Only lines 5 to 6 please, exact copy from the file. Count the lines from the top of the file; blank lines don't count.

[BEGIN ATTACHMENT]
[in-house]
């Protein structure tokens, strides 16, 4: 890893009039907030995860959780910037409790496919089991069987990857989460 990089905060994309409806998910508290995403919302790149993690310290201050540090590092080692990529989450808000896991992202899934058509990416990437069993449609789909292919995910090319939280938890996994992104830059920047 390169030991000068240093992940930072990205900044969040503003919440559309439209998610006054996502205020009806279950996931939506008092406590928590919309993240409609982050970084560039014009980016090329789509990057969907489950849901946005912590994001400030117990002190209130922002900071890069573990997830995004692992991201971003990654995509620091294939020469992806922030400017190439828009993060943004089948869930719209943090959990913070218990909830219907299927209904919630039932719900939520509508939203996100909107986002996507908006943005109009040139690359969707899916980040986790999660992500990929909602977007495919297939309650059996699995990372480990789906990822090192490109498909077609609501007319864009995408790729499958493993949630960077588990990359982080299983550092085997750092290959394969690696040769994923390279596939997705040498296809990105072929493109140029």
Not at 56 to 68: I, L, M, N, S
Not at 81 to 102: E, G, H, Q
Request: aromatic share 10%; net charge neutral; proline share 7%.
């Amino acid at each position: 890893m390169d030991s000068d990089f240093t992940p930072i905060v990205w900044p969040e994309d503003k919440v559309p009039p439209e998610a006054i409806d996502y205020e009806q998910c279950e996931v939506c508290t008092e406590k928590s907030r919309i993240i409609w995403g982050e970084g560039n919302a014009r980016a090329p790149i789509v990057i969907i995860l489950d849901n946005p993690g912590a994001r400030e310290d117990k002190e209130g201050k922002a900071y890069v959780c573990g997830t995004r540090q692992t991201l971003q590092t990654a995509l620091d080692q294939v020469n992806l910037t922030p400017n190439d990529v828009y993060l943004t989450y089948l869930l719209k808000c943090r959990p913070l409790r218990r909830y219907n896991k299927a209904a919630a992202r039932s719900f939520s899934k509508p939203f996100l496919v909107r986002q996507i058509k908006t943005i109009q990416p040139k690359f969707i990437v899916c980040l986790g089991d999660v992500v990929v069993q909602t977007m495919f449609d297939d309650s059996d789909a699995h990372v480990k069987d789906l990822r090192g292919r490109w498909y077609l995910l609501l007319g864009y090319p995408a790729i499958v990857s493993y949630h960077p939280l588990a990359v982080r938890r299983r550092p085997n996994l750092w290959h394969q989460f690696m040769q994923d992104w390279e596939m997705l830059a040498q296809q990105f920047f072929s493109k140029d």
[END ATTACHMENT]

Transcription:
Request: aromatic share 10%; net charge neutral; proline share 7%.
């Amino acid at each position: 890893m390169d030991s000068d990089f240093t992940p930072i905060v990205w900044p969040e994309d503003k919440v559309p009039p439209e998610a006054i409806d996502y205020e009806q998910c279950e996931v939506c508290t008092e406590k928590s907030r919309i993240i409609w995403g982050e970084g560039n919302a014009r980016a090329p790149i789509v990057i969907i995860l489950d849901n946005p993690g912590a994001r400030e310290d117990k002190e209130g201050k922002a900071y890069v959780c573990g997830t995004r540090q692992t991201l971003q590092t990654a995509l620091d080692q294939v020469n992806l910037t922030p400017n190439d990529v828009y993060l943004t989450y089948l869930l719209k808000c943090r959990p913070l409790r218990r909830y219907n896991k299927a209904a919630a992202r039932s719900f939520s899934k509508p939203f996100l496919v909107r986002q996507i058509k908006t943005i109009q990416p040139k690359f969707i990437v899916c980040l986790g089991d999660v992500v990929v069993q909602t977007m495919f449609d297939d309650s059996d789909a699995h990372v480990k069987d789906l990822r090192g292919r490109w498909y077609l995910l609501l007319g864009y090319p995408a790729i499958v990857s493993y949630h960077p939280l588990a990359v982080r938890r299983r550092p085997n996994l750092w290959h394969q989460f690696m040769q994923d992104w390279e596939m997705l830059a040498q296809q990105f920047f072929s493109k140029d």